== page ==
You talk to Stavros Anthony about the pitfalls of storing the country’s nuclear waste only 90 miles northwest of Las Vegas, and you end up with growing confidence that good sense will somehow overcome the 2002 act by a Congress that voted with self-interest as its priority.
That action taken 11 years ago, after two decades of lobbying and infighting, kicked the political football squarely into Yucca Mountain. It was the ultimate illustration of lawmakers demonstrating the NIMBY (Not In My Back Yard) mentality.
Stavros Anthony, of course, is the mayor pro tem of Las Vegas and the city’s Ward 4 councilman, representing a good portion of Summerlin’s residents.
“There are lots of people who don’t know the seriousness of the Yucca Mountain issue,” Anthony said in an interview. He was referring to the fact that Southern Nevada’s population has almost doubled in the 15 years since the state began its intense fight to keep the facility free of 77,000 tons of spent fuel from reactors and other generators of nuclear waste.
“A nuclear waste dump at Yucca Mountain could have a terrible effect on Summerlin, as well as Henderson, as well as the whole valley, and for that matter the entire state,” he said. “There are too many uncertainties, too many risks.”
The 2002 congressional act directs the Department of Energy to begin a process that would bring the waste to Nevada from every corner of the country. However, a political pingpong game between opponents and supporters has since left the fate of the project in limbo.
That is until last Aug. 13, when a split decision by the District of Columbia Circuit Court of Appeals ordered the Nuclear Regulatory Commission to implement the act, insisting that it remain the law of the land.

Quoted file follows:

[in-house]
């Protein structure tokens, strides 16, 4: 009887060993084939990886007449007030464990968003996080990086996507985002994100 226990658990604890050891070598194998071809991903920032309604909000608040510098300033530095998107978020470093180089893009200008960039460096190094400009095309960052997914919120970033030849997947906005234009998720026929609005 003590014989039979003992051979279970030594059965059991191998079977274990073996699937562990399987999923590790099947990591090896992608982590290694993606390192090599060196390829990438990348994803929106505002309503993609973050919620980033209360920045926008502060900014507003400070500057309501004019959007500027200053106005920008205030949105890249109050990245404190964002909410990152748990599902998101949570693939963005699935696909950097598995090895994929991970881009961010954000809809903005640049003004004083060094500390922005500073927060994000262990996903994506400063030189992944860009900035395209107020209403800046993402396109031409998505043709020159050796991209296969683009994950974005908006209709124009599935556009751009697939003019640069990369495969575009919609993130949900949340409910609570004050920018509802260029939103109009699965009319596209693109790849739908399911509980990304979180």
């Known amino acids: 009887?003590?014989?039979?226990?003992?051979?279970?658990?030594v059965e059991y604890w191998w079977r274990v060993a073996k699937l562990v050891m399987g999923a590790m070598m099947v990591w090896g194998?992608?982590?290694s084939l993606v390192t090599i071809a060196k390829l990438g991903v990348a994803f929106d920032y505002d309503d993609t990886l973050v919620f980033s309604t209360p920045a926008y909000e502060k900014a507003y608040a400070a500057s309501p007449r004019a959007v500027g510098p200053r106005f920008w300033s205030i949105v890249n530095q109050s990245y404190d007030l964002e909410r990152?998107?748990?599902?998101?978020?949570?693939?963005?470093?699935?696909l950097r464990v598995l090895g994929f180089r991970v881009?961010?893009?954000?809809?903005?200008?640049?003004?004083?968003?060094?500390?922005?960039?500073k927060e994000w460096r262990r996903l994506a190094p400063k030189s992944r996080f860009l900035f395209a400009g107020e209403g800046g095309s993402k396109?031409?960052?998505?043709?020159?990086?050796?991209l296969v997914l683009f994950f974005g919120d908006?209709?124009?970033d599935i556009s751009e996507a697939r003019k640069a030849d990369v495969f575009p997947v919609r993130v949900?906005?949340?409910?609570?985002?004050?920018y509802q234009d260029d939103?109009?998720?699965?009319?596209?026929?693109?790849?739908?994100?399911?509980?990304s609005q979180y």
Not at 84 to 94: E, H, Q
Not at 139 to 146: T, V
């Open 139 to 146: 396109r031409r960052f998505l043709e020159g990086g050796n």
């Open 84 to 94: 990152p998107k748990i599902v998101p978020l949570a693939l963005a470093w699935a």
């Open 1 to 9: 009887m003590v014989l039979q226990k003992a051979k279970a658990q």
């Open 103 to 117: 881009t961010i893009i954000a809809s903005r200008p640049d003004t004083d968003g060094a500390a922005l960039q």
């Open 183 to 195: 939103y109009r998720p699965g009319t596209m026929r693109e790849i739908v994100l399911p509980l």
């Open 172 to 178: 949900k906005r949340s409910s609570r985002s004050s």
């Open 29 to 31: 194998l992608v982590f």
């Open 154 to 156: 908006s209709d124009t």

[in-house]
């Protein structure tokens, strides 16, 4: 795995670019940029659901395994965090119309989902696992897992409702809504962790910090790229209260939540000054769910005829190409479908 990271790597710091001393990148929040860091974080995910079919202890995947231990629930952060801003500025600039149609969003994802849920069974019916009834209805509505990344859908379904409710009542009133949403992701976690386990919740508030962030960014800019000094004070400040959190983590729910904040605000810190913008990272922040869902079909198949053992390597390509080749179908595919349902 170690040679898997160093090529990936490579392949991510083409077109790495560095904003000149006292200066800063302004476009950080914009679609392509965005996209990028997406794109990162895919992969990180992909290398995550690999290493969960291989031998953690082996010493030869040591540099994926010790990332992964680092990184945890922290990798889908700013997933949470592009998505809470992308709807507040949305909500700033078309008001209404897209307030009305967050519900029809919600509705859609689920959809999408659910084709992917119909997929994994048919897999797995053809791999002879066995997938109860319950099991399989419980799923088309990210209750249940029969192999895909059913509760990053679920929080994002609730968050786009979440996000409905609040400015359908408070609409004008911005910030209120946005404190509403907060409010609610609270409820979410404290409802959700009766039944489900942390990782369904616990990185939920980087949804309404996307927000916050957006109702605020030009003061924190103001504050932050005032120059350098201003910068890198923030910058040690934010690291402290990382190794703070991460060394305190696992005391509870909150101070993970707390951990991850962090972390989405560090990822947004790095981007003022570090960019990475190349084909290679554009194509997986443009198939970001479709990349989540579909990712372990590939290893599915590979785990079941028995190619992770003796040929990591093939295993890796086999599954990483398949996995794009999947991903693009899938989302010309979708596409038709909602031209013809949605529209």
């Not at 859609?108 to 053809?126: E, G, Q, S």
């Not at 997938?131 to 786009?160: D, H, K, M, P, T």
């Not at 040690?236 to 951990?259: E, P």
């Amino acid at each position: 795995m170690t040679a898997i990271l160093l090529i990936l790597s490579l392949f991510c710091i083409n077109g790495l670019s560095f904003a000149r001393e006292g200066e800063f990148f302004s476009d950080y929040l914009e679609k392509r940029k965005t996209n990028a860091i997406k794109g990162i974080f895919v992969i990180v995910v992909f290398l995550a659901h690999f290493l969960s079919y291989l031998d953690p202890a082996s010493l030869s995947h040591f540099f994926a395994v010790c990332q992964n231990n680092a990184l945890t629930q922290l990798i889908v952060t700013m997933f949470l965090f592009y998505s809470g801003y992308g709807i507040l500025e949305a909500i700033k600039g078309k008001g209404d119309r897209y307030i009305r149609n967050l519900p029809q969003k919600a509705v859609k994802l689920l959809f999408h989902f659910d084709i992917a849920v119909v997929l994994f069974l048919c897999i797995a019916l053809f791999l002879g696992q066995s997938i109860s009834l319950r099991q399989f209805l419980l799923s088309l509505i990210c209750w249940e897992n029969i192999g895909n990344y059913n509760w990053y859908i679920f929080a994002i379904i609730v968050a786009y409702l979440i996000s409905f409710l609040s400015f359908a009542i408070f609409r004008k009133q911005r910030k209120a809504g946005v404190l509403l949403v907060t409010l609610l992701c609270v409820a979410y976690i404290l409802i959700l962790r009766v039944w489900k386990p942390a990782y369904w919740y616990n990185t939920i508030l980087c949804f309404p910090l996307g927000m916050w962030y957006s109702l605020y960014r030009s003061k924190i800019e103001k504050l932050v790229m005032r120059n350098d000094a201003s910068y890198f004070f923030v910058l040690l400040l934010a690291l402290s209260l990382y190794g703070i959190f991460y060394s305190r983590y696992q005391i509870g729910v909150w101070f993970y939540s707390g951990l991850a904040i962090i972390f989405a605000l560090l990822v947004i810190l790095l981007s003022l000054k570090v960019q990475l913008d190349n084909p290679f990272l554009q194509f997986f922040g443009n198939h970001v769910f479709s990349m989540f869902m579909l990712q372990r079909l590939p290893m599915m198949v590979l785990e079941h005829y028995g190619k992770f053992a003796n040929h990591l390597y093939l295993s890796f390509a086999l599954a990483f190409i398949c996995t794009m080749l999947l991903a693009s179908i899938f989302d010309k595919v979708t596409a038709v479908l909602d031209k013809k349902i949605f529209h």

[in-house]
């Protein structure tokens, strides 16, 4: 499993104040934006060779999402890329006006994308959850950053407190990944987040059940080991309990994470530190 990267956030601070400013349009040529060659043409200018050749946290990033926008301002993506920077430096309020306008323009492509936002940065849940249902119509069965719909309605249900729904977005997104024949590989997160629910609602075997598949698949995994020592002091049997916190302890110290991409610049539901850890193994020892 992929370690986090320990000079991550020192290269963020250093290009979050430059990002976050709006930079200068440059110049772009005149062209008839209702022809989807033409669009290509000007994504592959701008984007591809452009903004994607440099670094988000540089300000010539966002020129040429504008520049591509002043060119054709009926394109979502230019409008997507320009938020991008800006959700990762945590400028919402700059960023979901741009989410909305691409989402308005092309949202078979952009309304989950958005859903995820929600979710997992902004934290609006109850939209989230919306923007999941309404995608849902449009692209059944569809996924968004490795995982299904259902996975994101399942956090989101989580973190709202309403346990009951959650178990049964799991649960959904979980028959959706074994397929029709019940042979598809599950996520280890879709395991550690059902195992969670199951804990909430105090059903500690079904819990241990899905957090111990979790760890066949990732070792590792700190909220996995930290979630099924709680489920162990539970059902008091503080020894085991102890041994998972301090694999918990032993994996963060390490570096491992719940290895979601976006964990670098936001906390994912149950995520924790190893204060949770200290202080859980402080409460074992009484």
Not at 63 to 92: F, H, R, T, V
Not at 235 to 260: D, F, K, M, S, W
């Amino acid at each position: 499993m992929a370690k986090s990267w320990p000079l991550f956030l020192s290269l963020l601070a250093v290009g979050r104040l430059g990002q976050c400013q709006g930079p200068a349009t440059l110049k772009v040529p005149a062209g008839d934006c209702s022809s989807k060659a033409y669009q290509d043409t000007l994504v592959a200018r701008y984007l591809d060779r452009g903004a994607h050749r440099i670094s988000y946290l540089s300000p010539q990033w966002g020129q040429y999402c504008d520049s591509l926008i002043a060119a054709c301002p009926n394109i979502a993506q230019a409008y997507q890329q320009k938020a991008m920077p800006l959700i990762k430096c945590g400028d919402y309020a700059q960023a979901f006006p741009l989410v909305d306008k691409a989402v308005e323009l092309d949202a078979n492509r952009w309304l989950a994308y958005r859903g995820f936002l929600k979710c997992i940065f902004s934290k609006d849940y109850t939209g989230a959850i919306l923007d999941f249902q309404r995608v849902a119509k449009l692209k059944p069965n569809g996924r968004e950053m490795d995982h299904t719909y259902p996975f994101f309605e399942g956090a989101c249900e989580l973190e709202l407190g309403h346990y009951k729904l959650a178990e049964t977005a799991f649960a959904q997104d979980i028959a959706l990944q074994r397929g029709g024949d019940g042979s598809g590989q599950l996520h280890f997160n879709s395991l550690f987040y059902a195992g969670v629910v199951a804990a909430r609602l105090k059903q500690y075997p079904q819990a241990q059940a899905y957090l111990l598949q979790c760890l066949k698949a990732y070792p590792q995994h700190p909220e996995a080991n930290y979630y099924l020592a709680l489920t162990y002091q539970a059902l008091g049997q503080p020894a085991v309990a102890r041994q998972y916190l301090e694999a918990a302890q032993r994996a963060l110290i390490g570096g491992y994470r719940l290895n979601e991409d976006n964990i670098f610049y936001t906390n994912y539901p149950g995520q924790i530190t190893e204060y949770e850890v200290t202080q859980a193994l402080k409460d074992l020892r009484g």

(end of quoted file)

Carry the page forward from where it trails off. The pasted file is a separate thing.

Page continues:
Since then the Las Vegas City Council has again emboldened its unanimity in opposition to the dangers of making the huge cavern accessible to the nation’s deadliest waste materials.
Moreover, the state of Nevada Board of Examiners — made up of the governor, the attorney general and the secretary of state — has reasserted its opposition to the potential threat of Nevada becoming America’s nuclear waste dumping ground by approving a $5 million contract extension with a District of Columbia law firm.
That’s because all of the support to dump the stuff in Nevada has come from lawmakers representing other states.
“Their attitude is that by taking the waste, we would be serving a national interest,” said Anthony. “But we are also a sovereign state with responsibilities to protect our citizens.”
Anthony pointed to three major concerns.
“The first is that they would have to transport the stuff through Las Vegas,” he said. “I’m very concerned about how they would bring these materials from anywhere in the country.
“Think of this scenario: The effects of a train wreck. Hundreds of thousands of people in Clark County could be seriously affected. And think of the effects on tourism, our chief industry in Las Vegas. Think of the potential for radioactive effects on all humans and on the environment.”
Secondly, Anthony referred to the unknown effects of storing the waste at Yucca Mountain.
“There’s no scientific evidence of safe storage, no assurance that any of that stuff won’t leach into our water supply,” he said. “We know that porous rock makes up much of Yucca Mountain. And we know we are as prone to earthquakes as Los Angeles. Storing nuclear waste here would be just as dangerous as storing it in Los Angeles.
“And third, what does Nevada gain from all of this?” Anthony asked. “The state doesn’t get anything, other than fear by our citizens of what all these spent nuclear materials could do to us, like the radioactive effects in case of an earthquake, or a spill, or even a terrorist attack.”
The belief in many high circles is that Anthony’s concerns are on the right track. For example, Forbes magazine said in its Aug. 24 issue, 11 days after the court of appeals decision: “Yucca Mountain may get studied some more. But it will never be used as a permanent nuclear waste storage facility. Too many political, economic and engineering hurdles stand in the way …”
Herb Jaffe was an op-ed columnist and investigative reporter for most of his 39 years at the Star-Ledger of Newark, N.J. His most recent novel, “Double Play,” is now available. Contact him at firstname.lastname@example.org.